The year 1954 saw both Dev Anand and Guru Dutt play taxi drivers in Chetan Anand’s eponymous film and Aar Paar respectively. As with the Hollywood noir films which served as inspiration for the Anands and for Guru Dutt, the city was an integral element in both films – in fact, in Taxi Driver’ the opening credits lists the “City Of Bombay” as one of the guest artists.
Essential to the city – at least in the imagination of the film writers – was the dimly-lit and smoky club. A den of vice, the club was peopled by all sorts of nefarious characters. It was also where the hero encountered the vamp, who, as Aarti Wani put it, “seemed to signal the illicit pleasure and thrill associated with the city’s ambiguous possibilities”.
Of course, the club – and the vamp – conveniently served as a means to slip in a song (and a seductive dance or two) into the narrative.
The memorable Babuji Dheere Chalna, the most celebrated song from Aar Paar, is actually a clever reworking of Quizás, Quizás, Quizás, written in 1947 by Osvaldo Farrés, a Cuban songwriter settled in New Jersey. Over the years, Quizas… has travelled far and wide and has been recorded by a gamut of artistes. Equally popular is its English version, Perhaps, Perhaps, Perhaps, written by Joe Davis in 1948. (Quizás… also inspired the much-loved Senorita from the 2011 film Zindagi Na Milegi Dobara.)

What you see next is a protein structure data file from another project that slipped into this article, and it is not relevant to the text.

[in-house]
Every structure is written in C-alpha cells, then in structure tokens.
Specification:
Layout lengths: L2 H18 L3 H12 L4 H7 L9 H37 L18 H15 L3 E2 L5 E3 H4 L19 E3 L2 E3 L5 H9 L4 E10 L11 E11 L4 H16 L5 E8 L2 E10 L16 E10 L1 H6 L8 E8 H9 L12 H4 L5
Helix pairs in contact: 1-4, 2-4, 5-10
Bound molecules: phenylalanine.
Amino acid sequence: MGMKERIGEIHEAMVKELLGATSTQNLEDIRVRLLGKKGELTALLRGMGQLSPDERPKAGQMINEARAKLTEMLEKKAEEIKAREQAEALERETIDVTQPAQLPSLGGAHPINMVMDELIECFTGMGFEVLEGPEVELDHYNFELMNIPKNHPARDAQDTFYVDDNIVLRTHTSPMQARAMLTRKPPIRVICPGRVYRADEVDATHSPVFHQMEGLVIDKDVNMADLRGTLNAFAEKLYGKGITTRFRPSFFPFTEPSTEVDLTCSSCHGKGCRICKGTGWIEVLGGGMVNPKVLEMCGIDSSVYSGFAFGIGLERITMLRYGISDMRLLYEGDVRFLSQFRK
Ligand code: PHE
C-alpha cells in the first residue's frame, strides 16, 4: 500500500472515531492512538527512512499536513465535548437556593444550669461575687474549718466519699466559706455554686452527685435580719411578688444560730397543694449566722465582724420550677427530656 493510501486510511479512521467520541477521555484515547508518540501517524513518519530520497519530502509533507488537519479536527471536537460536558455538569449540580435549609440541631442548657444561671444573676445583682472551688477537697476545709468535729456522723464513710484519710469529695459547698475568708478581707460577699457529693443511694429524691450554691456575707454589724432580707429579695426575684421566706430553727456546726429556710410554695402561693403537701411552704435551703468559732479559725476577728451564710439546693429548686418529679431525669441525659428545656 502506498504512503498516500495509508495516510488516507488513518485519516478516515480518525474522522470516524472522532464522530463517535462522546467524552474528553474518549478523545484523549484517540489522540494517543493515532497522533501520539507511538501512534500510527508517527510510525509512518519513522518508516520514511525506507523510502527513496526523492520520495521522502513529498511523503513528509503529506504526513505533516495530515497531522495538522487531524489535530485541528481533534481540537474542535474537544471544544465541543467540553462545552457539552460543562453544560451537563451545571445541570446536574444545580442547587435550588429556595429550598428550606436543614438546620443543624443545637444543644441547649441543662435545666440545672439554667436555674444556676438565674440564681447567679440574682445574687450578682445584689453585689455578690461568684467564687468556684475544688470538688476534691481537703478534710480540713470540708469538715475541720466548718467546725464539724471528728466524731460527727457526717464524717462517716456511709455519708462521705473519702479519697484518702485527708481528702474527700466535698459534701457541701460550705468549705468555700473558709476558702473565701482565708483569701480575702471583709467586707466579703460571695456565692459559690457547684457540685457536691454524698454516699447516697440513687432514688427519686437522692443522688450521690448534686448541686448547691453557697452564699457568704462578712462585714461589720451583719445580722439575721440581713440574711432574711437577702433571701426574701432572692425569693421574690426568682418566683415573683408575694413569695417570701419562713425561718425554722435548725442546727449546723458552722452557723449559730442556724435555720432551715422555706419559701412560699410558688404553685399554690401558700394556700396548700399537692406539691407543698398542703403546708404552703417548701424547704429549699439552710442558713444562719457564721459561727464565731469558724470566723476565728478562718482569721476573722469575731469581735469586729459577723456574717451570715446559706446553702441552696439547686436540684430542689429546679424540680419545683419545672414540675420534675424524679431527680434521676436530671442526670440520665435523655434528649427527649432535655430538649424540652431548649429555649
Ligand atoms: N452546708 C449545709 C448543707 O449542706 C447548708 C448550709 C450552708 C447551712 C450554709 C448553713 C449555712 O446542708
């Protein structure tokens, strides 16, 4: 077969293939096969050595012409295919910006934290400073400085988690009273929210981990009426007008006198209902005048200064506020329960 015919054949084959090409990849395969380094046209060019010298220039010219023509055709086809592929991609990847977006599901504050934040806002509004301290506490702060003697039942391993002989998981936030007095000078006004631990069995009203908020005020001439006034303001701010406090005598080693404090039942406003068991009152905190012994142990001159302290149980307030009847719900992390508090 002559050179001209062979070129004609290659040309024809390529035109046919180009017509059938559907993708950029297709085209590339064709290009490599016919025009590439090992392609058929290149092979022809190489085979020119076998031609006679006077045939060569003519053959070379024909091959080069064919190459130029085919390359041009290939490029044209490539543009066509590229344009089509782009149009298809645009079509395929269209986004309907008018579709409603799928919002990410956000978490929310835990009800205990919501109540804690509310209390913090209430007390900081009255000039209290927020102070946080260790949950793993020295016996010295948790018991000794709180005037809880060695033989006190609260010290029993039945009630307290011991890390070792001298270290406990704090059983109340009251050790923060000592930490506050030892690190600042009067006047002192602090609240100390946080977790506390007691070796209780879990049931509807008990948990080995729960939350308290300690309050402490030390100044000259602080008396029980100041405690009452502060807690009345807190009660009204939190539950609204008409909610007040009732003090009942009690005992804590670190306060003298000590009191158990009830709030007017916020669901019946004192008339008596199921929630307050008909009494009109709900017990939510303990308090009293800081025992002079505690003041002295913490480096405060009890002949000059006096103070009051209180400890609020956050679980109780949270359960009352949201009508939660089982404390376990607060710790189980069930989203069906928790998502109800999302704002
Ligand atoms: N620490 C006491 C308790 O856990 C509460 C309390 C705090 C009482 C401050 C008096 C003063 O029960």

A lot has been written about Babuji Dheere Chalna – about the way it’s shot, Geeta Dutt’s alluring voice and Majrooh Sultanpuri’s pitch-perfect wordplay. But what has never really been acknowledged is what can be described as the fourth pillar on which the edifice of this iconic song stands – Goody Seervai’s accordion.
The Parsi musician, almost single-handedly responsible for making the accordion an integral part of the soundtracks of that era, is again around to weave his magic in Hoon Abhi Main Jawan (perhaps lyricist Majrooh Sultanpuri’s nod to poet Hafeez Jalandhari’s famous Abhi Toh Main Jawan Hoon). Geeta Dutt manages to infuse the right mix of seductiveness, vulnerability and feistiness into this song, all while sounding inebriated.
It would be fair to suggest that no composer other than RD Burman has surpassed OP Nayyar in the use of the rhythm section of the orchestra. The Lahore-born Nayyar has often been seen as someone who continued with and took forward the tradition of using Punjabi folk elements in the film song, building on the legacy of pioneers like Ghulam Haider and Ghulam Mohammed.
The title song of Aar Paar is a good example of this. The only non-Geeta Dutt song on the soundtrack, Kabhi Aar Kabhi Paar, was rendered in her familiar robust, folksy style by Shamshad Begum, who was introduced as a playback singer by Ghulam Haider in the 1940 Punjabi film Yamla Jatt.
Nayyar’s penchant for the dholak and tabla stood him in good stead through his career. But what became a very distinctive feature of his music – attributable, to a large degree, to his fabulously talented arranger Sebastian D’Souza – was the use of a range of smaller, non-Indian, percussion instruments: tambourine, maracas, castanets, claves and Chinese temple blocks.
Nayyar also virtually held a patent on the use of coconut shells (often used in combination with the ghungroo) in his songs that were shot on a moving tonga, though other music directors too employed the stratagem – think of the similar use of shells in Bachpan Ke Din Bhula Na Dena by Naushad in Deedar (1951). But it became a Nayyar trademark, so much so that you get the feeling that a scene featuring a galloping horse or a mobile tonga was inserted into a Nayyar film just so that we could get one of these songs in.